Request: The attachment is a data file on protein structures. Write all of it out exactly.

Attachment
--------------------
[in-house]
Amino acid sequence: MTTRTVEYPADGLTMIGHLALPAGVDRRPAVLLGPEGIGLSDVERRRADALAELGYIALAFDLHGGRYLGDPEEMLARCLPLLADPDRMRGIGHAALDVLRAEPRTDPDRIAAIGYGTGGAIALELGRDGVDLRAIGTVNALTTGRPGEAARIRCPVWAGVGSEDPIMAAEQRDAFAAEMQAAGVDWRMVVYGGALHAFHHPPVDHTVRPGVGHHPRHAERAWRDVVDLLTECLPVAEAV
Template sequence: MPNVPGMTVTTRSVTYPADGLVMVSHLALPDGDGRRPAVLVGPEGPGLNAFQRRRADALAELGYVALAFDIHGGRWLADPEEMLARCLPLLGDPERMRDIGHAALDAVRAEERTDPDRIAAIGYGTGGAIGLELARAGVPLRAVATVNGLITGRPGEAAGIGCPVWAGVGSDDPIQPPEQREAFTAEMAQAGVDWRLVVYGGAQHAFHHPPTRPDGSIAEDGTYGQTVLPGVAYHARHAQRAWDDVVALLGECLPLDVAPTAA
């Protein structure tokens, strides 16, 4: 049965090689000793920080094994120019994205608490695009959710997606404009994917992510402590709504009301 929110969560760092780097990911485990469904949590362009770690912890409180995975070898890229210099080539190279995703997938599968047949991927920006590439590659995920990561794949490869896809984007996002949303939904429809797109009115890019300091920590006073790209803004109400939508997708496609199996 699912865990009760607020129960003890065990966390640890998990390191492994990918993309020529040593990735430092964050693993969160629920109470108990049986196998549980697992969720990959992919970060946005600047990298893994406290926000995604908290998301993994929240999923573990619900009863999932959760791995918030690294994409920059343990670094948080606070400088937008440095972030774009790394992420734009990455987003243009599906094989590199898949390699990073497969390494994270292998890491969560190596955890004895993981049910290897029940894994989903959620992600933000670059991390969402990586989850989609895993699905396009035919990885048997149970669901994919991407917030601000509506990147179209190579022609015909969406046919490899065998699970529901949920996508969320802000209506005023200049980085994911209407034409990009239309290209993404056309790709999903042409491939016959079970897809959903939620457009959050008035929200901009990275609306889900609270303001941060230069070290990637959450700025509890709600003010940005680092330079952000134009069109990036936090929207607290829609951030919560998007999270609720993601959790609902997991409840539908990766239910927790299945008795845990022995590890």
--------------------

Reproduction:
[in-house]
Amino acid sequence: MTTRTVEYPADGLTMIGHLALPAGVDRRPAVLLGPEGIGLSDVERRRADALAELGYIALAFDLHGGRYLGDPEEMLARCLPLLADPDRMRGIGHAALDVLRAEPRTDPDRIAAIGYGTGGAIALELGRDGVDLRAIGTVNALTTGRPGEAARIRCPVWAGVGSEDPIMAAEQRDAFAAEMQAAGVDWRMVVYGGALHAFHHPPVDHTVRPGVGHHPRHAERAWRDVVDLLTECLPVAEAV
Template sequence: MPNVPGMTVTTRSVTYPADGLVMVSHLALPDGDGRRPAVLVGPEGPGLNAFQRRRADALAELGYVALAFDIHGGRWLADPEEMLARCLPLLGDPERMRDIGHAALDAVRAEERTDPDRIAAIGYGTGGAIGLELARAGVPLRAVATVNGLITGRPGEAAGIGCPVWAGVGSDDPIQPPEQREAFTAEMAQAGVDWRLVVYGGAQHAFHHPPTRPDGSIAEDGTYGQTVLPGVAYHARHAQRAWDDVVALLGECLPLDVAPTAA
């Protein structure tokens, strides 16, 4: 049965090689000793920080094994120019994205608490695009959710997606404009994917992510402590709504009301 929110969560760092780097990911485990469904949590362009770690912890409180995975070898890229210099080539190279995703997938599968047949991927920006590439590659995920990561794949490869896809984007996002949303939904429809797109009115890019300091920590006073790209803004109400939508997708496609199996 699912865990009760607020129960003890065990966390640890998990390191492994990918993309020529040593990735430092964050693993969160629920109470108990049986196998549980697992969720990959992919970060946005600047990298893994406290926000995604908290998301993994929240999923573990619900009863999932959760791995918030690294994409920059343990670094948080606070400088937008440095972030774009790394992420734009990455987003243009599906094989590199898949390699990073497969390494994270292998890491969560190596955890004895993981049910290897029940894994989903959620992600933000670059991390969402990586989850989609895993699905396009035919990885048997149970669901994919991407917030601000509506990147179209190579022609015909969406046919490899065998699970529901949920996508969320802000209506005023200049980085994911209407034409990009239309290209993404056309790709999903042409491939016959079970897809959903939620457009959050008035929200901009990275609306889900609270303001941060230069070290990637959450700025509890709600003010940005680092330079952000134009069109990036936090929207607290829609951030919560998007999270609720993601959790609902997991409840539908990766239910927790299945008795845990022995590890």